Capping off a week that saw him nominate a known climate skeptic to head the U.S. Environmental Protection Agency and put forth a fossil fuel CEO as potential secretary of state, President-elect Donald Trump said in a Sunday interview that "nobody really knows" if climate change is real.
When asked by "Fox News Sunday" host Chris Wallace where he stands on the issue, Trump responded: "I'm still open-minded. Nobody really knows. Look, I'm somebody that gets it, and nobody really knows. It's not something that's so hard and fast."
He also claimed to be "studying" the Paris Agreement and whether to withdraw, saying, "I don't want that agreement to put us at a competitive disadvantage with other countries."
The comments came days after reports that Trump's Energy Department transition team has been asking for the names of civil servants that worked on environmental policies under President Barack Obama, sparking fears of a coming "climate purge" by the incoming administration.
Indeed, the Trump administration's energy agenda, recently revealed by PRWatch, "collectively amounts to a fossil fuel industry wish list...which would be devastating for attempts to slow climate change."
And the Guardian writes:
Trump has assembled a transition team in which at least nine senior members deny basic scientific understanding that the planet is warming due to the burning of carbon and other human activity. These include the transition heads of all the key agencies responsible for either monitoring or dealing with climate change. None of these transition heads have any background in climate science.
In a statement this weekend, Food & Water Watch executive director Wenonah Hauter declared Tillerson's likely nomination to be "a frightful prospect for our planet."
"If confirmed," Hauter said, "Tillerson would have an unprecedented platform to promote drilling and fracking for oil and gas around the world at the expense of clean energy and our climate."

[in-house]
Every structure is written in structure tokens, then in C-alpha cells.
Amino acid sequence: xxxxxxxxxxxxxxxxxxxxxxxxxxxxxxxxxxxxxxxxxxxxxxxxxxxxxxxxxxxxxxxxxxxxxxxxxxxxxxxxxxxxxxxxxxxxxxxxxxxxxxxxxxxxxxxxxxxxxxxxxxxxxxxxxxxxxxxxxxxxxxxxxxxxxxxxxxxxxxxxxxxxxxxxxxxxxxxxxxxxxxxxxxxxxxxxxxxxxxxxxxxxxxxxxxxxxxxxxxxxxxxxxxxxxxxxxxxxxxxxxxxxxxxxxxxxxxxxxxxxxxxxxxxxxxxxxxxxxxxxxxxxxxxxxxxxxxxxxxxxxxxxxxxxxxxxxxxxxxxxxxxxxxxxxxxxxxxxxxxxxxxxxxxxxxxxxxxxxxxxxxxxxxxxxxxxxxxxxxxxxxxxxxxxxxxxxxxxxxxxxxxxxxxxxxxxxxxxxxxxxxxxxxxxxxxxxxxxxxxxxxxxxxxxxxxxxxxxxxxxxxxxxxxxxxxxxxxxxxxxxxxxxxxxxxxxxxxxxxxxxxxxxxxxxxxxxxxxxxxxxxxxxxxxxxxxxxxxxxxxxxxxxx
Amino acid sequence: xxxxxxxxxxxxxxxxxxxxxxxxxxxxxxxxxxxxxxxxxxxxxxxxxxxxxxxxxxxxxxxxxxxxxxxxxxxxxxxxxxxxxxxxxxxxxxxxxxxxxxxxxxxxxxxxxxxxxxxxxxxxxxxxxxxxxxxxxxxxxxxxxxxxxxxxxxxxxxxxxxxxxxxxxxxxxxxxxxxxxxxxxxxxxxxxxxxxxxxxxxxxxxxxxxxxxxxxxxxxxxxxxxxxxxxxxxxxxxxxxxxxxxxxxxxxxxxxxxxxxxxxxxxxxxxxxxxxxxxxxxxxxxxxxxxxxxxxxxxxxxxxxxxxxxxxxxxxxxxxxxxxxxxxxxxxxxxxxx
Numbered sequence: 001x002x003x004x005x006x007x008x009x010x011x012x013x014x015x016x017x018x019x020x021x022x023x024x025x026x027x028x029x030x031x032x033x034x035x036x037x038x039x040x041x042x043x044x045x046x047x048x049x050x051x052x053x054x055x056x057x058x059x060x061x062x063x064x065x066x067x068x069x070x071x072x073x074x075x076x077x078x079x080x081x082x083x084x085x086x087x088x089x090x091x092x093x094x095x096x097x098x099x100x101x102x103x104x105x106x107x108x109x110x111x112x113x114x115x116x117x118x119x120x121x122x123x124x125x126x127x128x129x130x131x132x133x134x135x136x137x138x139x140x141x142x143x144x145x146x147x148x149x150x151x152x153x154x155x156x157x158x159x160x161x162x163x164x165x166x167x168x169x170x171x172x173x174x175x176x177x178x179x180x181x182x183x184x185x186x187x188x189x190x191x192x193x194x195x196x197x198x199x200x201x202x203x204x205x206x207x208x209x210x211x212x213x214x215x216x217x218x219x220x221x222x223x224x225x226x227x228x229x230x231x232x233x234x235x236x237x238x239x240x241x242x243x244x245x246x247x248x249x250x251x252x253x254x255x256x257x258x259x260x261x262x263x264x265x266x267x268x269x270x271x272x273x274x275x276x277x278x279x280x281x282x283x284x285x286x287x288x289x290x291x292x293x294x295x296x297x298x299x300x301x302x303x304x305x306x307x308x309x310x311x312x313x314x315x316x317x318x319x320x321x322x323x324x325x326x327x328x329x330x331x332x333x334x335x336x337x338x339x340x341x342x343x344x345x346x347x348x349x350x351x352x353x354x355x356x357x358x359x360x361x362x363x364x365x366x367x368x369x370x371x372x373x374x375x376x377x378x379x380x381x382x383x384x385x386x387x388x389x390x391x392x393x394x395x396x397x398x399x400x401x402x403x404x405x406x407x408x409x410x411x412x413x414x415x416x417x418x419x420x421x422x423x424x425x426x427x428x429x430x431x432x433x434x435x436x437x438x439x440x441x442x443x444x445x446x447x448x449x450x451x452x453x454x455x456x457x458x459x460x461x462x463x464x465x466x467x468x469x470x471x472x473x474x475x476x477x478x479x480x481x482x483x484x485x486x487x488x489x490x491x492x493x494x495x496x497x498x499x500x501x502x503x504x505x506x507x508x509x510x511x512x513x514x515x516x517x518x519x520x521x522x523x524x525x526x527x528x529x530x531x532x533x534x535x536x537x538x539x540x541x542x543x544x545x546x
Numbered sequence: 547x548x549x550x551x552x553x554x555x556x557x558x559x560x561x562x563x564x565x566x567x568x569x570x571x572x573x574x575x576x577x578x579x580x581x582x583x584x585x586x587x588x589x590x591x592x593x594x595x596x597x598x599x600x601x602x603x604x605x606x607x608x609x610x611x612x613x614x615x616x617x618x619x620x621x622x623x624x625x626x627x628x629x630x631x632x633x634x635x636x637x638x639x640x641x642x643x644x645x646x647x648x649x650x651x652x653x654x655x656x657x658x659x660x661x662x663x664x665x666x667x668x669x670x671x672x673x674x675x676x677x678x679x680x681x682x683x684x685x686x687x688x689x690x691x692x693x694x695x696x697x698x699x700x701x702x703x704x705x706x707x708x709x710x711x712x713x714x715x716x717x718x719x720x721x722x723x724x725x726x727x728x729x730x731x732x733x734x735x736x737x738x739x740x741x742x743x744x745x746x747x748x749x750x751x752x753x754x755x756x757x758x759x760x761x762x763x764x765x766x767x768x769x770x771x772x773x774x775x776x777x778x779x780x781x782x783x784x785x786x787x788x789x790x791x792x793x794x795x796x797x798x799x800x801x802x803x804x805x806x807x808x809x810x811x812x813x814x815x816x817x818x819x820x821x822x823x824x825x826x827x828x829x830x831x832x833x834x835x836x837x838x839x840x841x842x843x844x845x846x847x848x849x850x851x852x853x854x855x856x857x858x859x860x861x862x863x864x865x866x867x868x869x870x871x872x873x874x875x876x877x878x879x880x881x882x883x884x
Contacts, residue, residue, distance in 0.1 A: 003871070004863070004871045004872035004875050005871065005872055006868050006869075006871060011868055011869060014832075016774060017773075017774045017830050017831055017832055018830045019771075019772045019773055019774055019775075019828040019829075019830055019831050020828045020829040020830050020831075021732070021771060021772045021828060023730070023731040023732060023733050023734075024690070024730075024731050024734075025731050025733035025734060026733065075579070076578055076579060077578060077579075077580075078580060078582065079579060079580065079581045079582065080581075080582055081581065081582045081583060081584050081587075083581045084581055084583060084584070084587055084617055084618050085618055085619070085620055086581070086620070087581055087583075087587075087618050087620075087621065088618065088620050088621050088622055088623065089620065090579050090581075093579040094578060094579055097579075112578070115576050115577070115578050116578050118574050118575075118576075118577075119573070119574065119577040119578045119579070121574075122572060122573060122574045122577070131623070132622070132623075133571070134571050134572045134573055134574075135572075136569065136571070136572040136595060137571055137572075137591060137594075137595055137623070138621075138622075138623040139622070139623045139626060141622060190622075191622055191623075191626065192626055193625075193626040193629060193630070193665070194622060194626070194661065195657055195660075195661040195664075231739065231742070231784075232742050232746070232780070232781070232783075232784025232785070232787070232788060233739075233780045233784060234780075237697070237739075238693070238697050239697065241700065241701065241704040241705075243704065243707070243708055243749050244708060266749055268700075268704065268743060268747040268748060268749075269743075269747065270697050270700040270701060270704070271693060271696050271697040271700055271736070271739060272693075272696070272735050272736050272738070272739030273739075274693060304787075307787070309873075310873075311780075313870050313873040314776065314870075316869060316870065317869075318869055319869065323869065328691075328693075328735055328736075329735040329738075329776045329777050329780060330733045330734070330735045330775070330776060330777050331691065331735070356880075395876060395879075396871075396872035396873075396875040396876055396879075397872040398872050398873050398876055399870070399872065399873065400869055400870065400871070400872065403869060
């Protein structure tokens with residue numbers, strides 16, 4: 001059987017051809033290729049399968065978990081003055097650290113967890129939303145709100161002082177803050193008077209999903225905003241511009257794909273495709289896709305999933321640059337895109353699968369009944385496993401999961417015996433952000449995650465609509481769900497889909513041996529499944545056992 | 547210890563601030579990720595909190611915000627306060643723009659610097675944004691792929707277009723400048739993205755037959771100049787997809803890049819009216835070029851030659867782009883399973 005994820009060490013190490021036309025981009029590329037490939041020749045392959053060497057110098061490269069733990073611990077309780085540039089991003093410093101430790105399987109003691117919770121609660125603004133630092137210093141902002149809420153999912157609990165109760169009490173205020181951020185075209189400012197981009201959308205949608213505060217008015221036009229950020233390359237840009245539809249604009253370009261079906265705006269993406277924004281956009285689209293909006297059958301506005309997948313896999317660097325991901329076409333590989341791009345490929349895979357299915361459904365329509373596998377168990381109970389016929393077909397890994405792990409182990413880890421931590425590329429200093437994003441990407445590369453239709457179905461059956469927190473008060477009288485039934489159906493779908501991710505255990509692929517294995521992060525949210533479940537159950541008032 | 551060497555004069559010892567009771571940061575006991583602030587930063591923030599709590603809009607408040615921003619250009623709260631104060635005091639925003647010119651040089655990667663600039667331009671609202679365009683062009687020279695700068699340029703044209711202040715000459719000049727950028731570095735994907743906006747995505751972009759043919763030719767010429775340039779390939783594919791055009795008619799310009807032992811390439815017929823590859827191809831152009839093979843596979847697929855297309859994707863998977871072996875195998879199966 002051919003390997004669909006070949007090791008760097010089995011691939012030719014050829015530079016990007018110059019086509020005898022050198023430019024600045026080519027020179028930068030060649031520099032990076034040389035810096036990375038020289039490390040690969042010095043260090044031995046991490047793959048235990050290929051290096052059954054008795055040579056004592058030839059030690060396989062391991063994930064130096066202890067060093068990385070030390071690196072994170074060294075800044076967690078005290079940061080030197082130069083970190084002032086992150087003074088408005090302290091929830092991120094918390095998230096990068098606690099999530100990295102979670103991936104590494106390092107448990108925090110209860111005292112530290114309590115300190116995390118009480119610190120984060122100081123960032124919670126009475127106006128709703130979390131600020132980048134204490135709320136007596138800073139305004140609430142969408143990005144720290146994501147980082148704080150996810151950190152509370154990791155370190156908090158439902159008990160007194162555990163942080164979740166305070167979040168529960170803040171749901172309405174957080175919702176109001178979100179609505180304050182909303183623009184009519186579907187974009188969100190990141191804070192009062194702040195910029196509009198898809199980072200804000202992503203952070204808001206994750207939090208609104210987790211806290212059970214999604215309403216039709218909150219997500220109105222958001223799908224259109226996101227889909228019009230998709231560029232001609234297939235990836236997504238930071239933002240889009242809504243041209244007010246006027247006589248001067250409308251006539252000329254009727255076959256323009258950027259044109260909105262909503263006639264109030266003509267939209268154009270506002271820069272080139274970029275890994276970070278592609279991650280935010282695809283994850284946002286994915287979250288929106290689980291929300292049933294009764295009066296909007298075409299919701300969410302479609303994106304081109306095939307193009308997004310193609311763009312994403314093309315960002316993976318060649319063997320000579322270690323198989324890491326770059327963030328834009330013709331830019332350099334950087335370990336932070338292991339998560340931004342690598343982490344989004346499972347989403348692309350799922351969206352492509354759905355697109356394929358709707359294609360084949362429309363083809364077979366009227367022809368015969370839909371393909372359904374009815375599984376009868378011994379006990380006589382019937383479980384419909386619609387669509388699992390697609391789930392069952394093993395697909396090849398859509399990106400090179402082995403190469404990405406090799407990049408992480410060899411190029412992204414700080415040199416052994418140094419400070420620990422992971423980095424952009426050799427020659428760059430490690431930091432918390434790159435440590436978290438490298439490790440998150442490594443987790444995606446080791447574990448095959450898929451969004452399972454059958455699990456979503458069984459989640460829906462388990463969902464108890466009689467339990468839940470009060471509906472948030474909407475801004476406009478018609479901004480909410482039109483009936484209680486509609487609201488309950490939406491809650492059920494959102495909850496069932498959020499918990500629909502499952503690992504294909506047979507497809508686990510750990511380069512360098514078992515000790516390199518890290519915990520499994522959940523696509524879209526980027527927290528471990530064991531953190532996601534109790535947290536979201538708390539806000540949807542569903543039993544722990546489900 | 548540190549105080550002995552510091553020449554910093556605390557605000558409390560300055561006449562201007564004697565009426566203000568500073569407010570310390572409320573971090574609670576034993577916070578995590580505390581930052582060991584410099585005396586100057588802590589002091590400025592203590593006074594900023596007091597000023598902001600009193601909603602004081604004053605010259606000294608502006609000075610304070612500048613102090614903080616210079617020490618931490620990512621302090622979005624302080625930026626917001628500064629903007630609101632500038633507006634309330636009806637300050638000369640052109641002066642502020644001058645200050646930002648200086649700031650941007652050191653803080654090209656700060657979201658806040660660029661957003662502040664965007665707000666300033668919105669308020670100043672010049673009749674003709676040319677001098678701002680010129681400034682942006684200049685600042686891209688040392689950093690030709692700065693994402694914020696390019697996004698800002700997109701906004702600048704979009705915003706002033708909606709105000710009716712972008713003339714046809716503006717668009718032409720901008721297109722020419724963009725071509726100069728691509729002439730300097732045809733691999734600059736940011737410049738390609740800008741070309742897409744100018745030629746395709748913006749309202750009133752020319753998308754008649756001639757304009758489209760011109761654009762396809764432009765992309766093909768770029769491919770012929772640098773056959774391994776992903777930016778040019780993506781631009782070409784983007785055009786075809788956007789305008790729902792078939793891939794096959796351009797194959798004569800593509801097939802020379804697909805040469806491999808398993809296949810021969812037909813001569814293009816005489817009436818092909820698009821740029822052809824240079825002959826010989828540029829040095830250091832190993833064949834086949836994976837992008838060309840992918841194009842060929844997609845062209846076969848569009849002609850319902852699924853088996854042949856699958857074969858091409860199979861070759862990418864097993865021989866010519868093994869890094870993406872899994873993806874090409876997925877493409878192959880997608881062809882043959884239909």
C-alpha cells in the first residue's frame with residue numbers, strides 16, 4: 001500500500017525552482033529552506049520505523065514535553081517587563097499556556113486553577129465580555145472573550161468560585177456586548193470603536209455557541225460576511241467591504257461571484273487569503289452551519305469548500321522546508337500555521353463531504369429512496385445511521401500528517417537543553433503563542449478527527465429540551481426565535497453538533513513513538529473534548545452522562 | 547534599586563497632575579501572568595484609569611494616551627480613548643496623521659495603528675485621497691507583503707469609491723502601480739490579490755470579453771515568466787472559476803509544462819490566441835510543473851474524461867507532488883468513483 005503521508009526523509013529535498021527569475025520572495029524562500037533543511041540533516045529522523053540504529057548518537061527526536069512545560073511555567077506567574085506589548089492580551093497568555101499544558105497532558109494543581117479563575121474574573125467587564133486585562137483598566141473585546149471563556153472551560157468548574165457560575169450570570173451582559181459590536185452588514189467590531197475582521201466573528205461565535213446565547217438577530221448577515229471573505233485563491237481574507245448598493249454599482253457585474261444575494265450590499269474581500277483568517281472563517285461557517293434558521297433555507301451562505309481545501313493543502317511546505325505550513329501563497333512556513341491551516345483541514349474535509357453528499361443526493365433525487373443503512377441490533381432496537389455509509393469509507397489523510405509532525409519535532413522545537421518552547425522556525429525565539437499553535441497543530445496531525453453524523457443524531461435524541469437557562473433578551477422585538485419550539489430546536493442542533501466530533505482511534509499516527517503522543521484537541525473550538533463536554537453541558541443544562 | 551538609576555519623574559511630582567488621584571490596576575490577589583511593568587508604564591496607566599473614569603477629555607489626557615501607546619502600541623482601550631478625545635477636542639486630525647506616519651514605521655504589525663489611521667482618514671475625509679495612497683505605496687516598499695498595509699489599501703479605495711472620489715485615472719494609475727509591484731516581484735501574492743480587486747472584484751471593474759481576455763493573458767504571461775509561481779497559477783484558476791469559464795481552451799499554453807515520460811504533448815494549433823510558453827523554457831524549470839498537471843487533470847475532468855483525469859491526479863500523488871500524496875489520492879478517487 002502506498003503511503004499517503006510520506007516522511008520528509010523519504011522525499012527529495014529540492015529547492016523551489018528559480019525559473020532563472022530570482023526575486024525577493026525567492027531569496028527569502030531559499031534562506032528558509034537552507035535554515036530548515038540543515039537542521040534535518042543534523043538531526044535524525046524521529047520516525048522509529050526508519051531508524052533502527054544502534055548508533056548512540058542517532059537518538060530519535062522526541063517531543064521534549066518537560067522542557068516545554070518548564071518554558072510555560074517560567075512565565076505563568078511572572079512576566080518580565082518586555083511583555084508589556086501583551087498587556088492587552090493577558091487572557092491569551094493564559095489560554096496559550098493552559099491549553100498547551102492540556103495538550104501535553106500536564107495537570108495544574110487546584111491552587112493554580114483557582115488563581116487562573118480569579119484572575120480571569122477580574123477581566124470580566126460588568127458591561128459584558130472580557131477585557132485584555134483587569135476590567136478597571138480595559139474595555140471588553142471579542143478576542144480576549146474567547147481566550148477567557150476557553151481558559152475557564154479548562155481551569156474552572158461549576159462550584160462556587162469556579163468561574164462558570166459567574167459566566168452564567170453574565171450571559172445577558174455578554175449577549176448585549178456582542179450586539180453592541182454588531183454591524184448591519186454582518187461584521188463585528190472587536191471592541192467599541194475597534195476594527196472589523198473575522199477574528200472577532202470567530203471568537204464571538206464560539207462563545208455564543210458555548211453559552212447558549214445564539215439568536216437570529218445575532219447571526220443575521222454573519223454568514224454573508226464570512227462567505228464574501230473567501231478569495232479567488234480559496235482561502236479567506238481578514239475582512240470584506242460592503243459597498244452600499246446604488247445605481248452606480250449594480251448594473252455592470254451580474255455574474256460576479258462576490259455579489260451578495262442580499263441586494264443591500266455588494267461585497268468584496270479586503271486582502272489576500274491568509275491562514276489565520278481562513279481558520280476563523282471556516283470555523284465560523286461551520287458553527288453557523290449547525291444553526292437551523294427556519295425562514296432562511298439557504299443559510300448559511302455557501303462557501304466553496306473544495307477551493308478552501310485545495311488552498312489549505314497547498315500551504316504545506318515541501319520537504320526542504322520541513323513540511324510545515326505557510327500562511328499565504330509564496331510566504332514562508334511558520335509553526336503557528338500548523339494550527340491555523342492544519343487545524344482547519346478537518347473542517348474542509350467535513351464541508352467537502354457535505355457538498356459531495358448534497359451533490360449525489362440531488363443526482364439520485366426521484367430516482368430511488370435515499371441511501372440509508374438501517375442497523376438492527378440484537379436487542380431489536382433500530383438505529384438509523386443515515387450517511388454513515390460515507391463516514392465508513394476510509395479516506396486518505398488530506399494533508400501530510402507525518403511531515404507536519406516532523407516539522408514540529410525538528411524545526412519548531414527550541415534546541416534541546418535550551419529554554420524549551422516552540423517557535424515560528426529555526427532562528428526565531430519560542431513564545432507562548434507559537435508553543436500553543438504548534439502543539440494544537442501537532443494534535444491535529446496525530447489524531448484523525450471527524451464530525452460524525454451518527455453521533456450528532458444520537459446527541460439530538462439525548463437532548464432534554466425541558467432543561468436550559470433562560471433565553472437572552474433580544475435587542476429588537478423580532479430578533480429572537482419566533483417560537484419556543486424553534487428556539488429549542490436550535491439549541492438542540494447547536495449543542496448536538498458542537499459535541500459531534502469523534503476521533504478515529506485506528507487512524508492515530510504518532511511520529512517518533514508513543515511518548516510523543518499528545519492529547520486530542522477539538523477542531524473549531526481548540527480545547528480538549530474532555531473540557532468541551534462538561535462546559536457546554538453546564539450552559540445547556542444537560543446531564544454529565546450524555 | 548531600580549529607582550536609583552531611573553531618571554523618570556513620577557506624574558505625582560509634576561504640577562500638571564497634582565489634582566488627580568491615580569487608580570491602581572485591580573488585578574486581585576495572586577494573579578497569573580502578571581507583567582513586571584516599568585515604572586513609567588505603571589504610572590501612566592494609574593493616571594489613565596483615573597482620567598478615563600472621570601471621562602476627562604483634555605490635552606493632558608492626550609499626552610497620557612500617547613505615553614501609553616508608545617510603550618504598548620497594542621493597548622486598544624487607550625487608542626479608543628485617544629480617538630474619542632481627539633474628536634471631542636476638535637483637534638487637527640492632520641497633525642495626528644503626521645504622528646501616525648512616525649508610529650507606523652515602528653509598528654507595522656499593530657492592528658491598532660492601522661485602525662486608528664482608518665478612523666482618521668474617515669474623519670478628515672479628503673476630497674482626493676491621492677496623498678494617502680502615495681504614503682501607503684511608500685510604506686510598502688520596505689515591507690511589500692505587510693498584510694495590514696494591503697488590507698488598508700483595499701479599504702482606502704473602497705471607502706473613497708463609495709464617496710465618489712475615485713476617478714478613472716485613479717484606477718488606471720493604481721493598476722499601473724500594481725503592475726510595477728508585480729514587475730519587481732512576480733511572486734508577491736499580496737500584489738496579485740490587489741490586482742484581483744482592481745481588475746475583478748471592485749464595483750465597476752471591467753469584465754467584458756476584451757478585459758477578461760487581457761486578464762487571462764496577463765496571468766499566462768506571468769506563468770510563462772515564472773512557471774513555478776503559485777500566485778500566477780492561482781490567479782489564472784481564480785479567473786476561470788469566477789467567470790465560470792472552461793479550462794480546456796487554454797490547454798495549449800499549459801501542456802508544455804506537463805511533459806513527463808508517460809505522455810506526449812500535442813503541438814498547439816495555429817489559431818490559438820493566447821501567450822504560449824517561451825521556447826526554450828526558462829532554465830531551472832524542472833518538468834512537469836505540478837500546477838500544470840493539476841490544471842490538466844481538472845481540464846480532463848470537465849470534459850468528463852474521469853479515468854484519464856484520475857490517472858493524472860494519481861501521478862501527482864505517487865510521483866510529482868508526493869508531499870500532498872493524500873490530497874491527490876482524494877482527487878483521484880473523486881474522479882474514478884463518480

Given past statements by Tillerson and Exxon's top leadership, Hauter added: "We must presume that aggressive opposition to renewables—and environmental protection at large—would become official policy in a Trump-Tillerson State Department."
Drawing a comparison between Trump's cabinet appointments thus far and the counsel of his daughter, Ivanka—who "appears to be establishing a role as the one person who might prevent the Trump administration from undoing all of the progress made by the Obama administration in cutting US carbon pollution"—Guardian blogger Dana Nuccitelli writes Monday:
On the issue of climate change, Trump resembles a character with an angel on one shoulder and a devil on the other. Except in this case, the devil also has a horde of demons beside him. Trump has filled every position of power with fossil fuel industry allies who have years of experience in undermining government efforts to slow human-caused global warming.
Trump certainly listens to and trusts his daughter Ivanka, who in Gore and DiCaprio, has wisely invited the counsel of high-profile individuals that are well-informed about the subject of climate change. However, it’s difficult to imagine that Ivanka’s influence on the president can outweigh the direct actions of the climate foes who he has appointed to powerful government positions, especially since she’s new to government and policy debates. Obviously her counsel to date hasn't stopped Trump from continuing to make these nightmarish appointments.
"The winner of this battle will determine whether the Trump name forever becomes synonymous with climate heroism or villainy," Nuccitelli concludes. "So far, the villains are winning bigly."
Trump and his "demons" appear to be at least partially out of step with members of their own party. While a recent Pew poll showed fewer than a quarter of Republican respondents believe climate change to be the result of human activity, the same survey found widespread, bipartisan report for expansion of wind and solar industries. It also found that most Republicans (69 percent among moderate or liberal Republicans and 48 percent of conservative Republicans) say climate scientists should have a major role in policy decisions related to the climate.